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Salaried Time Off in Illinois

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  • Salaried Time Off in Illinois

    I work in Illinois as a credit manager. I received the title when they fired my boss, but did not receive an increase in pay. With the new title I was made a salaried employee. I am required to go out of town on business trips 3-4 times a year. I am not compensated for these trips. I am also required to work overtime during our busy season.

    My question: They do not pay me overtime for my time away from my family, but when I've had to leave as much as 15 minutes early for a doctor's appointment, they have deducted it from my pay.

    If they do not pay me overtime, can they legally deduct from my pay?

  • #2
    Let me just be certain of one thing before answering - they deduct the time you miss from your paycheck? (Not from a bank of paid time off they provide, such as vacation time, paid sick days, or paid personal time but from your actual PAY?)

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    • #3
      I have been told they will only allow sick/vac in 1/2 day increments. They have been promising an employee handbook since before I started here 3 1/2 years ago and we still have yet to see one. So, I don't know what the actual policy is.

      That brings up another, related question. I have no sick/vacation time because my son was hospitalized earlier in the year. I realize it is not beneficial to a company to have someone taking off a lot of time. Before my father retired he was salaried and he was not alloted sick/vacation time as the hourly employees were. He was allowed time off as needed. If a salaried employee is only allowed the same amount of vacation/sick time as an hourly employee, but they are not paid overtime for the hours they work beyond their regularly scheduled hours, what advantages are there for the employee to be salaried?

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      • #4
        So, the question remains. Your actual pay is being shorted? Or are you charged a minimum of 1/2 day sick or vacation if you miss as little as 15 minutes?

        If they are actually docking your pay then they are not meeting the salary basis test for exempt employees.

        But, to make it clear, "salaried" is merely a pay method. The real issue is do you qualify as an exempt employee?

        See here:
        http://www.dol.gov/esa/regs/complian...a_overview.htm
        I don't respond to Private Messages unless the moderator specifically refers you to me for that purpose. Thank you.

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        • #5
          The money is being deducted from my actual pay. Let me give you a specific example. As I said, I have no sick/vac time left. Last week I left 1 hour early on Wednesday for a doctor's appointment, however I worked 19 hours on Friday. I am being docked for the 1 hour that I left early.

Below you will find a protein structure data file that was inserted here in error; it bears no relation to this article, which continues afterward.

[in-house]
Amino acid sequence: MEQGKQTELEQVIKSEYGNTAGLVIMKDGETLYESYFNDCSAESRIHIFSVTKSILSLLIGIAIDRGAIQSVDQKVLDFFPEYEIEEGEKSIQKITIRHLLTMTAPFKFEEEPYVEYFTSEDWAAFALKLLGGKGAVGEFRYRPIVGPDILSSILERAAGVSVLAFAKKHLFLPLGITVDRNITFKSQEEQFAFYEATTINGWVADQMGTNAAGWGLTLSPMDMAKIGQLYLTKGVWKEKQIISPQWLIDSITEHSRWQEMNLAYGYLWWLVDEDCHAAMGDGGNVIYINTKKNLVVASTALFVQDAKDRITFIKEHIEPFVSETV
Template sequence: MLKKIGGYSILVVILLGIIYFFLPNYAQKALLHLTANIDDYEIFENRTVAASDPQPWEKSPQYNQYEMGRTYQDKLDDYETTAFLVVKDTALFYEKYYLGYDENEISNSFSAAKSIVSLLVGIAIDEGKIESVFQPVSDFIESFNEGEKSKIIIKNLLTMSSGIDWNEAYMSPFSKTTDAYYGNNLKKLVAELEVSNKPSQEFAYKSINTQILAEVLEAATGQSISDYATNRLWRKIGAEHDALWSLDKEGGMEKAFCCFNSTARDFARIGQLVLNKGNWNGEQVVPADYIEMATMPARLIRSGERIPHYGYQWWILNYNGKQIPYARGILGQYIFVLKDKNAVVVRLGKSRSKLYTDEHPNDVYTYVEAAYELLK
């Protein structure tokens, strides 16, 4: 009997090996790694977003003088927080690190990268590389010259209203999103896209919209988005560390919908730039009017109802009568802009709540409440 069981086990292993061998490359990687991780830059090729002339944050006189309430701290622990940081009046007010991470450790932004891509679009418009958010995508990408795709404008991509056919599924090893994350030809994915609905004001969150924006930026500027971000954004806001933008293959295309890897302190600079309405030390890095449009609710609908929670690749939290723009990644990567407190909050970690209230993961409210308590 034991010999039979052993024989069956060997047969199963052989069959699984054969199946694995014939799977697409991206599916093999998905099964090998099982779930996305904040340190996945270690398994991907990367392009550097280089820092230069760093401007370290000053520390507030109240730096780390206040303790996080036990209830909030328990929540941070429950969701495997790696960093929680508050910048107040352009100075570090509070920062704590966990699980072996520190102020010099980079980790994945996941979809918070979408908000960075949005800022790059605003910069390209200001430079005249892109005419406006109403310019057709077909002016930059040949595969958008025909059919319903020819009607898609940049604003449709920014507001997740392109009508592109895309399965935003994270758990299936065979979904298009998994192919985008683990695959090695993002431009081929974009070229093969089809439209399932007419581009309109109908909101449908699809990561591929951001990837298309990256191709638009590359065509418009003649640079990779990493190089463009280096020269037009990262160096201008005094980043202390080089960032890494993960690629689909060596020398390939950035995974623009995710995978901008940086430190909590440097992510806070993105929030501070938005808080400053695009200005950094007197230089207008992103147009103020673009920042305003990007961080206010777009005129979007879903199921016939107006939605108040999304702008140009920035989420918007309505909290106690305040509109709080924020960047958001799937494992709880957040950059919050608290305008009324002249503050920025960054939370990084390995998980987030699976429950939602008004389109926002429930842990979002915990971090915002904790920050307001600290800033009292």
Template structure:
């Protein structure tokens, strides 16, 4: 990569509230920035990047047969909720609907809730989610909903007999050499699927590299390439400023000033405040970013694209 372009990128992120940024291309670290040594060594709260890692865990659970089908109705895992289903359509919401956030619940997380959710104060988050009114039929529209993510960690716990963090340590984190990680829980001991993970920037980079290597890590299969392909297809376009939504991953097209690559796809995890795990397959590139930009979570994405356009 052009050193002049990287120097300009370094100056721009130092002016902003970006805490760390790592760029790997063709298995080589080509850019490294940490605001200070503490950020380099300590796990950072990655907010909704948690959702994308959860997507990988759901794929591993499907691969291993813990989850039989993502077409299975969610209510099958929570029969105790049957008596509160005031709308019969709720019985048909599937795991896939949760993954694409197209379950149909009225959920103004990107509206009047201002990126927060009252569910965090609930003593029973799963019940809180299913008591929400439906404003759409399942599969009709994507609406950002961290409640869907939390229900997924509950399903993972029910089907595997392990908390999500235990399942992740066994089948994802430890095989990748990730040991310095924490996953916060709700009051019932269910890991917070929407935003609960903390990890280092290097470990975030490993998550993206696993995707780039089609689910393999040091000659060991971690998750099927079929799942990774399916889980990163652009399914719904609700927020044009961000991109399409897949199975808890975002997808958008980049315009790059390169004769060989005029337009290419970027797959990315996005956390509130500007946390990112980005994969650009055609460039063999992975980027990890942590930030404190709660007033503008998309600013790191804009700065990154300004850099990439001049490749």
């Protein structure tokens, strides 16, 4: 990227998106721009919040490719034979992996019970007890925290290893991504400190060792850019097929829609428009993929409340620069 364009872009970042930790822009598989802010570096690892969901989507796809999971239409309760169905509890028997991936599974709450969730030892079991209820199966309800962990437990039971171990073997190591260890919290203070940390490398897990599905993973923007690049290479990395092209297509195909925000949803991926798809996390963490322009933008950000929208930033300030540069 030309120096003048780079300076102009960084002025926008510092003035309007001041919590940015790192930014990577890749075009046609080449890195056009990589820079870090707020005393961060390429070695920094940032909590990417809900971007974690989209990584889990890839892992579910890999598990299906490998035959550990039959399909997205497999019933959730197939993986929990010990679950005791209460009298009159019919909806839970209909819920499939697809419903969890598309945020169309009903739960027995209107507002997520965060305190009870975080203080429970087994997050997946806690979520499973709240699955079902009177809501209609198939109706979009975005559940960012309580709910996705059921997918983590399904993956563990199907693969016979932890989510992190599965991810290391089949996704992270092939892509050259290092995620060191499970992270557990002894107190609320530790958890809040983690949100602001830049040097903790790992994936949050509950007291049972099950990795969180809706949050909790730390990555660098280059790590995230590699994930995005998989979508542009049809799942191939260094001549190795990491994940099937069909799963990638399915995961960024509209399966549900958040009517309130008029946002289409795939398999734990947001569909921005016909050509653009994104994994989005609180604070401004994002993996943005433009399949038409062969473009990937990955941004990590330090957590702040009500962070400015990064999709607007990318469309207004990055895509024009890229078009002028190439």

Regarding the exempt status:

          Administrative Exemption

          To qualify for the administrative employee exemption, all of the following tests must be met:

          The employee must be compensated on a salary or fee basis (as defined in the regulations) at a rate not less than $455 per week;
          The employee’s primary duty must be the performance of office or non-manual work directly related to the management or general business operations of the employer or the employer’s customers; and
          The employee’s primary duty includes the exercise of discretion and independent judgment with respect to matters of significance.

          When I was the assistant credit manager, I was hourly, but had the authority to determine which accounts were placed for collection. Since being given the title of credit manager I am salaried, but am no longer able to make those decisions. All placements must now be signed off by our CFO. Since receiving the title and being made salaried I have lost all authority to make decisions. Does this mean they are required to pay me overtime?

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          • #6
            You may want to contact the federal Dept. of Labor to inquire as to whether your particular job duties qualify you as exempt.
            I don't respond to Private Messages unless the moderator specifically refers you to me for that purpose. Thank you.

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            • #7
              Making any deductions from an exempt employee's pay in less than full day increments (and even then only for specifically allowed reasons) is unlawful unless the employee is on approved intermittent FMLA leave.

              You can contact your State's Department of Labor and file a complaint.

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              • #8
                You may want to contact the federal Dept. of Labor to inquire as to whether your particular job duties qualify you as exempt.
                http://www.dol.gov/esa/contacts/whd/...2.htm#Illinois
                I don't respond to Private Messages unless the moderator specifically refers you to me for that purpose. Thank you.

                Comment

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